The census will affect food assistance programs
Knowing how many children are in an area helps federal, state and local officials evaluate funding for nutrition programs.
SNAP, previously known as Food Stamps, provides nutrition benefits to supplement the food budgets of families ”so they can purchase healthy food and move towards self-sufficiency,” according to the United States Department of Agriculture (USDA), which manages the program.
The 2020 Census will help officials plan for SNAP and other federal nutrition programs for the next 10 years. SNAP receives approximately $71 billion a year in federal funds, according to a report by the U.S. Census Bureau.
How the 2020 Census will affect Mercer County Schools
The 2020 Census count impacts the federal funds that communities receive each year for programs and services that are critical for schools, students, and younger children, such as:
- Special education, Head Start, after-school programs, and classroom technology.
- Food assistance, including free and reduced-price school lunches.
- Maternal and child health programs.
Census data determines the distribution of:
- More than $14 billion in Title I grants that help schools serve more than 24 million students from low-income families;
- $11.3 billion in special education grants to the states;
- About $13.6 billion for the National School Lunch Program;
- Plus funds for the Head Start preschool program and grants to improve teacher quality.
All told, more than 130 critical government programs serving primarily low-income people use census data to allocate more than $675 billion, research shows. This includes the Supplemental Nutrition Assistance Program (SNAP), which keeps millions of families out of poverty and has lasting benefits for children’s health and academic success.
If some groups aren’t accurately represented in the census, it will be more difficult for their states to cover the needs that exist in their communities. The schools their children attend will be underfunded, and the resulting lack of resources can negatively affect all students in the school.
-Education News/By Amanda Litvinov
How to count children
It is important to count all children, but those under the age of 5 are often missed, particularly when they don’t live in the same home as both parents. When newborn babies and young children are not included in the census, support for programs such as health insurance, hospitals, child care, food assistance, schools, and early childhood development is impacted. It is critical to get this count right for the 2020 Census, and teachers and other educators can help.
Importance of counting all children
The 2020 Census helps determine how much money communities receive for the critical resources that children and families will depend on for the next 10 years—basically, an entire childhood! Resources that could be impacted include food assistance, Head Start, child care, housing support, public schools, early intervention services for children with special needs, and children’s health insurance. Knowing how many children there are and where they live is essential to getting those services and programs to them.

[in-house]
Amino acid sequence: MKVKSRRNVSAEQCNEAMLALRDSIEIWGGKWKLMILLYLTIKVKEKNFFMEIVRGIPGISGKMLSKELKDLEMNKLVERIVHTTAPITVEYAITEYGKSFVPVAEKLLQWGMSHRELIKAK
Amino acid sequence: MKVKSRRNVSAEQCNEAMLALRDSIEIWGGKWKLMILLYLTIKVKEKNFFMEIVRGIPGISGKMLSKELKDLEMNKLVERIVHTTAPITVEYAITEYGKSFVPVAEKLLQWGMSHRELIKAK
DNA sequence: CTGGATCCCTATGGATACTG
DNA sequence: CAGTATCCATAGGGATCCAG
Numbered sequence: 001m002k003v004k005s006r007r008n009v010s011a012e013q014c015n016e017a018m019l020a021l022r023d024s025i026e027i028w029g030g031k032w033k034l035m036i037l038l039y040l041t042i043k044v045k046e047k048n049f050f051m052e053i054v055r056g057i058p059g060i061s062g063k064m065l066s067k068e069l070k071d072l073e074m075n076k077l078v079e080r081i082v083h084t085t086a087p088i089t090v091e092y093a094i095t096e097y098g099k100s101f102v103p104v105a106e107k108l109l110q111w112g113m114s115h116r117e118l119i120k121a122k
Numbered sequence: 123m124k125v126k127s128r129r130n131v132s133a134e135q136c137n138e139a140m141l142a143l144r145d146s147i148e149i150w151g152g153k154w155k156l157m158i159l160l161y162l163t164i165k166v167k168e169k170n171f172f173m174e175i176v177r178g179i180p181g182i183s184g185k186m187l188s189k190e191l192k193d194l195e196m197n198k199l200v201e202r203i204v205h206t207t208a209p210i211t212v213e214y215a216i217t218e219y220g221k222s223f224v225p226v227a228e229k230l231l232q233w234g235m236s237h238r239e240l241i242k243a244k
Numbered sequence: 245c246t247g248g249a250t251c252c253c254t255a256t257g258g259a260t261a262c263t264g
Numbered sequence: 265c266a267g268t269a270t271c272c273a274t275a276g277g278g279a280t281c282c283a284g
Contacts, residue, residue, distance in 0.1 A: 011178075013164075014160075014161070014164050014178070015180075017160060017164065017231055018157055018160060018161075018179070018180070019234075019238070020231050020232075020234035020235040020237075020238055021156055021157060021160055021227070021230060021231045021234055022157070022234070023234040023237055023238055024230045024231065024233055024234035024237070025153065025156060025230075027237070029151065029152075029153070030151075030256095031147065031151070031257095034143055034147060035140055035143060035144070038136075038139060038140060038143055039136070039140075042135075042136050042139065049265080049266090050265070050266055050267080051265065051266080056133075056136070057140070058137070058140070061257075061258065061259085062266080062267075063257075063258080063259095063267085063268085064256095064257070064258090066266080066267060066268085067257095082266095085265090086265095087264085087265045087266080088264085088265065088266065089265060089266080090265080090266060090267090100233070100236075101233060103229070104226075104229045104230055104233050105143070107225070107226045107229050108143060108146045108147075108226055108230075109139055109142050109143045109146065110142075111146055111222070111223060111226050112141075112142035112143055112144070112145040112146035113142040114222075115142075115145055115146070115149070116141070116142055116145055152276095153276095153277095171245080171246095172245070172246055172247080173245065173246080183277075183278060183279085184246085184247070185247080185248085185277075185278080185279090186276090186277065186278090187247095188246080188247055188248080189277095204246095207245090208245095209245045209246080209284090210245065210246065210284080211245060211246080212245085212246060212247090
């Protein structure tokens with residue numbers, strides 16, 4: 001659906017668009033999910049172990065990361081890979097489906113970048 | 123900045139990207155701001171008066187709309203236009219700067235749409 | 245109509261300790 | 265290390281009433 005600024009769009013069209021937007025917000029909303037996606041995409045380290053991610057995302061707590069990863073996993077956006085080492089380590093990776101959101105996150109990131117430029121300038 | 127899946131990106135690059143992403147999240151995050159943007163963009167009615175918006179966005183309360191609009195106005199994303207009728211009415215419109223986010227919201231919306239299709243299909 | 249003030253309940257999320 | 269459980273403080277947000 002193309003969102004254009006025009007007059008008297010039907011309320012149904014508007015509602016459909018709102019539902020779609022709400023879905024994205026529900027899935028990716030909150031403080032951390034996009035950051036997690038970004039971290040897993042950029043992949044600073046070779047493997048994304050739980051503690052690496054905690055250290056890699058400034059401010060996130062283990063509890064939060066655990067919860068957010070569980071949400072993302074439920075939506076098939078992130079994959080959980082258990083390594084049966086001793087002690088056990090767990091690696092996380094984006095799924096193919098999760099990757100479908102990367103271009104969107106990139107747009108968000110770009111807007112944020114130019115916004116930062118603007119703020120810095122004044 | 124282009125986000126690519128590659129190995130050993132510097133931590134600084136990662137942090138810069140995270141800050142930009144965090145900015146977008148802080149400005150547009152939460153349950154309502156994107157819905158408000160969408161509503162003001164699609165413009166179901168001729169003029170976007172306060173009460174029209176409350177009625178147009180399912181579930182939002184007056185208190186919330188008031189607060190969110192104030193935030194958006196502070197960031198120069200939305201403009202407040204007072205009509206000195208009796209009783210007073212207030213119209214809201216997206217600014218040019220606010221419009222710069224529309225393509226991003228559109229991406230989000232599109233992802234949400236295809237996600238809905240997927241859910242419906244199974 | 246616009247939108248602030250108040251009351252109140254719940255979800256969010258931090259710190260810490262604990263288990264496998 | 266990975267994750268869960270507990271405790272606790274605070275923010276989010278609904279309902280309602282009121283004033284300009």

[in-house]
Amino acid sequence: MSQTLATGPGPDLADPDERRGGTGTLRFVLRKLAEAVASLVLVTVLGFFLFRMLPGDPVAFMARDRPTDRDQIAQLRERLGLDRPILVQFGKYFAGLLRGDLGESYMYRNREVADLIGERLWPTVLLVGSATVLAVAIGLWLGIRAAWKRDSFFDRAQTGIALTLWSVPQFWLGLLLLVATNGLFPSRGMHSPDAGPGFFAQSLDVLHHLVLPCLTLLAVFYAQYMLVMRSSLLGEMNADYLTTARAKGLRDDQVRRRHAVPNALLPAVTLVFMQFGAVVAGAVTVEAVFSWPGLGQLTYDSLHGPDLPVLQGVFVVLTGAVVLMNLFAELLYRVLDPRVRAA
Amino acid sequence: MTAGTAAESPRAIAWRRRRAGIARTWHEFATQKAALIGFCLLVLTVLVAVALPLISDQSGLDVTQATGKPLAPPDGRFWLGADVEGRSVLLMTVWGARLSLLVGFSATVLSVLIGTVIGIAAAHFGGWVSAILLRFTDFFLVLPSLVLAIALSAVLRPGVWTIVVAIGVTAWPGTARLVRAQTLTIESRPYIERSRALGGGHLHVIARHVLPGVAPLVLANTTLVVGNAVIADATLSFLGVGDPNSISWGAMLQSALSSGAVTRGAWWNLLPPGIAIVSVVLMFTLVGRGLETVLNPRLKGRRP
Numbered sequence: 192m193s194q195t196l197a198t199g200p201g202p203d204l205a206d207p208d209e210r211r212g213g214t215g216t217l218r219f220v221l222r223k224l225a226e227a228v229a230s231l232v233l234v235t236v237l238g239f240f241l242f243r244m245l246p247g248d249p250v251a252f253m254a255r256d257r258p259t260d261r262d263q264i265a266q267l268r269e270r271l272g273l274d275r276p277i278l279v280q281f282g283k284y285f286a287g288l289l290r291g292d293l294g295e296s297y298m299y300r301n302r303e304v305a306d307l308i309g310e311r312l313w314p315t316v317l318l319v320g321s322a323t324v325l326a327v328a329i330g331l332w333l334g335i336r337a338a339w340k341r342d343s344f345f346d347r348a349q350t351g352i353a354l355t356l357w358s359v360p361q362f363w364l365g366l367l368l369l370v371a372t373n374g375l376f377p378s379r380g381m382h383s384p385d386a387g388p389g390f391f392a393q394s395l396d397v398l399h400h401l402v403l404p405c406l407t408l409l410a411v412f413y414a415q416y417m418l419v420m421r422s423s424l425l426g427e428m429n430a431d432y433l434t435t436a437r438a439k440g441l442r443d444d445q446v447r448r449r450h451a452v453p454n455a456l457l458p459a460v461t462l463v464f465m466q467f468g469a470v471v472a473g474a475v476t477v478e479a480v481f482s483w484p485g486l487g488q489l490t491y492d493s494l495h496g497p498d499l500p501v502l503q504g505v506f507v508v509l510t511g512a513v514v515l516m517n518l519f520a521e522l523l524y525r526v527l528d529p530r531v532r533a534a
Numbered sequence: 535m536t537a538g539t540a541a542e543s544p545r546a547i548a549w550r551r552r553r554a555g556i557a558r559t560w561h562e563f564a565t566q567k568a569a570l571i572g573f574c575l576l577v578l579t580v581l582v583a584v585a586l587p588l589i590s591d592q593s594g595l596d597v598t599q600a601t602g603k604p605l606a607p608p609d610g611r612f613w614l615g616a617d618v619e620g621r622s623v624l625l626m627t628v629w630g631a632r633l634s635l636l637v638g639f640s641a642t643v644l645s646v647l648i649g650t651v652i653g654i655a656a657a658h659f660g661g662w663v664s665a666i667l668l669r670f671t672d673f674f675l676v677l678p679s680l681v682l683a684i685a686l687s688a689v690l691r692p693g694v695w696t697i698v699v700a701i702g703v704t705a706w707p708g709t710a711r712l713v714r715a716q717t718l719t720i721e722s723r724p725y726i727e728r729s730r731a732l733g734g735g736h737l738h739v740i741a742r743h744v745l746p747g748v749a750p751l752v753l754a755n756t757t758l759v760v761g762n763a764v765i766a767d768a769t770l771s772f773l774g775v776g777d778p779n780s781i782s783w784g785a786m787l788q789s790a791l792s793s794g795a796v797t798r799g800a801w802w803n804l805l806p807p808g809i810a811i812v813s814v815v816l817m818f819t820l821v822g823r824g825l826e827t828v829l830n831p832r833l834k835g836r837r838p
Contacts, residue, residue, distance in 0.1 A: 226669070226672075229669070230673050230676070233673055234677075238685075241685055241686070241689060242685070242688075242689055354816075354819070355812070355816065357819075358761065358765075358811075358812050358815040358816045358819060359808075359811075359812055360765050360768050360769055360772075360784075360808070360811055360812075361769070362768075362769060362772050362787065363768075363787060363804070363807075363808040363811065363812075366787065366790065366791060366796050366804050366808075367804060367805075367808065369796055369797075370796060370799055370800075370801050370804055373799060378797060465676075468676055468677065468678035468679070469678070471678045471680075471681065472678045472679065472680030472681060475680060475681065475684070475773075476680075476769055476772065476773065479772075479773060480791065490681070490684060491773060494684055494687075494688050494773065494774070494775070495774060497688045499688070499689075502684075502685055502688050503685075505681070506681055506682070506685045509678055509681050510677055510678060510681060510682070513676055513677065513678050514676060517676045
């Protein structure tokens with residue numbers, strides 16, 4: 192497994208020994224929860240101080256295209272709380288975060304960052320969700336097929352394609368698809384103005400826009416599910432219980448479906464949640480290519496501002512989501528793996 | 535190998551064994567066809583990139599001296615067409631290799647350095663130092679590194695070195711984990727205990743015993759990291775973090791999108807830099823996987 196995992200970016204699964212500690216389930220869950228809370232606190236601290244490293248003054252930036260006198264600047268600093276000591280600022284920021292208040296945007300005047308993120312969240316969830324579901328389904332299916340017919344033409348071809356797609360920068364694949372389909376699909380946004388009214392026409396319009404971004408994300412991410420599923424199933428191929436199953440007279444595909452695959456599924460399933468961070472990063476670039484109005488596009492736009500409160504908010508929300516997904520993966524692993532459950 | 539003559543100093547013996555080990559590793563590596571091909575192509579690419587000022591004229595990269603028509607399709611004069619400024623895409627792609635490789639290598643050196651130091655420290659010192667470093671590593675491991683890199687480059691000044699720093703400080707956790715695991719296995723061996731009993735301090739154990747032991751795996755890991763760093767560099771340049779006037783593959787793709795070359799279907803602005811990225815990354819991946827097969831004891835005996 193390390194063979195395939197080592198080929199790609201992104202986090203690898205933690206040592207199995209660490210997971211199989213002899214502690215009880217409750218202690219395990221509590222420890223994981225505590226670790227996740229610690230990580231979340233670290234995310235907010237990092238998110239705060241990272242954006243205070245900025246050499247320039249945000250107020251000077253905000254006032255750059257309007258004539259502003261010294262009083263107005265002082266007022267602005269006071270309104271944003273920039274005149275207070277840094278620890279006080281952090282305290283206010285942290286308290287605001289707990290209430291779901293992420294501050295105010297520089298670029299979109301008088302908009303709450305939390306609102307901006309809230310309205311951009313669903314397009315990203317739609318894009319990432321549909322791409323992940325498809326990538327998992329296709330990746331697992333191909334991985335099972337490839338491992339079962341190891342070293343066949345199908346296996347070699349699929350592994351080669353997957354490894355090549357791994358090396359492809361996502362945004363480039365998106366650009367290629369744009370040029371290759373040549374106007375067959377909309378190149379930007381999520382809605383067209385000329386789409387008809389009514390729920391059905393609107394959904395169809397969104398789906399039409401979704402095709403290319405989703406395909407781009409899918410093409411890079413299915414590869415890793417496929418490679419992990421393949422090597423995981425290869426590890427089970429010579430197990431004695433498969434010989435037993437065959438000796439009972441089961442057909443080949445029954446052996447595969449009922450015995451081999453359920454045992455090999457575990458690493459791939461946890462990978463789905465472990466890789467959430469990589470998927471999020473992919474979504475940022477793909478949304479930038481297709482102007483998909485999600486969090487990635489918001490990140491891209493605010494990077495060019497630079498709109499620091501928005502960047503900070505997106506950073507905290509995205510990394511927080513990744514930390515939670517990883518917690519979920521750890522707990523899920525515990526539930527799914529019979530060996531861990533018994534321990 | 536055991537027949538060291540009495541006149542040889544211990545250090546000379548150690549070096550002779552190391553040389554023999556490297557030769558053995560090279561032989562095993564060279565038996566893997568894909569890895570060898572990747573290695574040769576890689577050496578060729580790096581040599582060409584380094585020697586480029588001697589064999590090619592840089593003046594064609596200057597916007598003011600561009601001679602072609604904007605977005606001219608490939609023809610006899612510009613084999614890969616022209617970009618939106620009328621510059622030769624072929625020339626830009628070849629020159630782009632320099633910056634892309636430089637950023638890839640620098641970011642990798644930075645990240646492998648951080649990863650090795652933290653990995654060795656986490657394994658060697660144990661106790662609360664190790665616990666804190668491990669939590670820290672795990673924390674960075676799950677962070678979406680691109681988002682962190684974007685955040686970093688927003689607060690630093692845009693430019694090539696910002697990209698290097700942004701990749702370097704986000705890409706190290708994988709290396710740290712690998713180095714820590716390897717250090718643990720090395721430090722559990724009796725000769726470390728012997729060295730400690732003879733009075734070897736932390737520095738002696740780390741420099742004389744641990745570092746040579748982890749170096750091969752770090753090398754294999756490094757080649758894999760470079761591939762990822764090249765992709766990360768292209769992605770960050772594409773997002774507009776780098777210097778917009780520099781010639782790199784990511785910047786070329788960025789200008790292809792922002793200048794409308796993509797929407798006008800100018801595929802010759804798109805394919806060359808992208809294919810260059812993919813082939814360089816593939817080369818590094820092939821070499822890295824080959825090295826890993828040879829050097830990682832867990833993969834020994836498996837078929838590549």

Seniors and the Census
As the country gears up for the 2020 census next March — the first that will be completed largely online — experts say there will be challenges in getting older people to participate.
A recent U.S. Census Bureau survey found that 56 percent of those 65 and older aren’t comfortable with an online response and prefer to fill out a paper census form. “The concerns over privacy and cybersecurity will have to be overcome, and those concerns are highest for those over 50,” says Steve Jost, a former Census Bureau official.
The stakes are high. In 2016, for example, more than 300 federally funded programs relied on census data to distribute more than $675 billion to states and localities. That includes funds for schools, roads and hospitals and also programs that aid older Americans, like Medicare Part B.
“Participating in the census means getting counted to determine how much federal funding comes into your community and how congressional representation is determined,” says AARP National Volunteer President Catherine Alicia Georges. “AARP members need to make sure they are not left out of this very important process.”
Georges says it is important for older Americans who don’t want to take the census digitally to know they won’t be forced to. “No one has to take the census online,” she says.
-Joe Eaton, AARP, Sept. 5, 2019
Population Count Will Inform How and Where Billions of Dollars Will Be Spent for the Next Decade
Next time you’re on your morning commute, merging on to a freeway or crossing a bridge, think of the decennial census.
Your responses to the 2020 Census, which includes every person living in the United States, may help decide when and where roads and bridges will be built in your community.
Billions of dollars in federal funds (more than $675 billion) are spent annually on critical transportation services in communities across the country, including maintenance and construction of roads and bridges. The decennial census count will inform spending decisions for the next decade.